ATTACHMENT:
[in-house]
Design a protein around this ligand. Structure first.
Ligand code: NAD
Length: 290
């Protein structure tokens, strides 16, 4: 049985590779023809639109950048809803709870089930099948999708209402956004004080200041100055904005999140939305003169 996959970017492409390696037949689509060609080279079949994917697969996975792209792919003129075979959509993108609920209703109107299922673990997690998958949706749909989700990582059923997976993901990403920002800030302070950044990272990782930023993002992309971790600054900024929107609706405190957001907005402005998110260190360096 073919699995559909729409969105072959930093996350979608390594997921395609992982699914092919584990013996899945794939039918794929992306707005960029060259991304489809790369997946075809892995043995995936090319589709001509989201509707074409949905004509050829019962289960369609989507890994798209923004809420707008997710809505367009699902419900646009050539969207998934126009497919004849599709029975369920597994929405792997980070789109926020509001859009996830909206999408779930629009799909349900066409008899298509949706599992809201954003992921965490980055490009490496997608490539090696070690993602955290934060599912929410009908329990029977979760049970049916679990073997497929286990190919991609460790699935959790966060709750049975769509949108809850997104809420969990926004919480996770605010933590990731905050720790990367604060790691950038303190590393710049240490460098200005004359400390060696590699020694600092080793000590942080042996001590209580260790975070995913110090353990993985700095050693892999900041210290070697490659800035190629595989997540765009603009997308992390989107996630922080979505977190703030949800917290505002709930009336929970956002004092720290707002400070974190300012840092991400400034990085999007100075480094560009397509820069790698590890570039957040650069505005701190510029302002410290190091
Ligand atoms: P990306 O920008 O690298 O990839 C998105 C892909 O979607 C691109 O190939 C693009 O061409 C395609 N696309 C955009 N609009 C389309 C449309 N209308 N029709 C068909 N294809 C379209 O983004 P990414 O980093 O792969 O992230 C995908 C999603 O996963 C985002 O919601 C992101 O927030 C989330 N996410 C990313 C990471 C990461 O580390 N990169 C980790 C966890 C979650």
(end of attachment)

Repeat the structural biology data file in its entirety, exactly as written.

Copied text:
[in-house]
Design a protein around this ligand. Structure first.
Ligand code: NAD
Length: 290
């Protein structure tokens, strides 16, 4: 049985590779023809639109950048809803709870089930099948999708209402956004004080200041100055904005999140939305003169 996959970017492409390696037949689509060609080279079949994917697969996975792209792919003129075979959509993108609920209703109107299922673990997690998958949706749909989700990582059923997976993901990403920002800030302070950044990272990782930023993002992309971790600054900024929107609706405190957001907005402005998110260190360096 073919699995559909729409969105072959930093996350979608390594997921395609992982699914092919584990013996899945794939039918794929992306707005960029060259991304489809790369997946075809892995043995995936090319589709001509989201509707074409949905004509050829019962289960369609989507890994798209923004809420707008997710809505367009699902419900646009050539969207998934126009497919004849599709029975369920597994929405792997980070789109926020509001859009996830909206999408779930629009799909349900066409008899298509949706599992809201954003992921965490980055490009490496997608490539090696070690993602955290934060599912929410009908329990029977979760049970049916679990073997497929286990190919991609460790699935959790966060709750049975769509949108809850997104809420969990926004919480996770605010933590990731905050720790990367604060790691950038303190590393710049240490460098200005004359400390060696590699020694600092080793000590942080042996001590209580260790975070995913110090353990993985700095050693892999900041210290070697490659800035190629595989997540765009603009997308992390989107996630922080979505977190703030949800917290505002709930009336929970956002004092720290707002400070974190300012840092991400400034990085999007100075480094560009397509820069790698590890570039957040650069505005701190510029302002410290190091
Ligand atoms: P990306 O920008 O690298 O990839 C998105 C892909 O979607 C691109 O190939 C693009 O061409 C395609 N696309 C955009 N609009 C389309 C449309 N209308 N029709 C068909 N294809 C379209 O983004 P990414 O980093 O792969 O992230 C995908 C999603 O996963 C985002 O919601 C992101 O927030 C989330 N996410 C990313 C990471 C990461 O580390 N990169 C980790 C966890 C979650």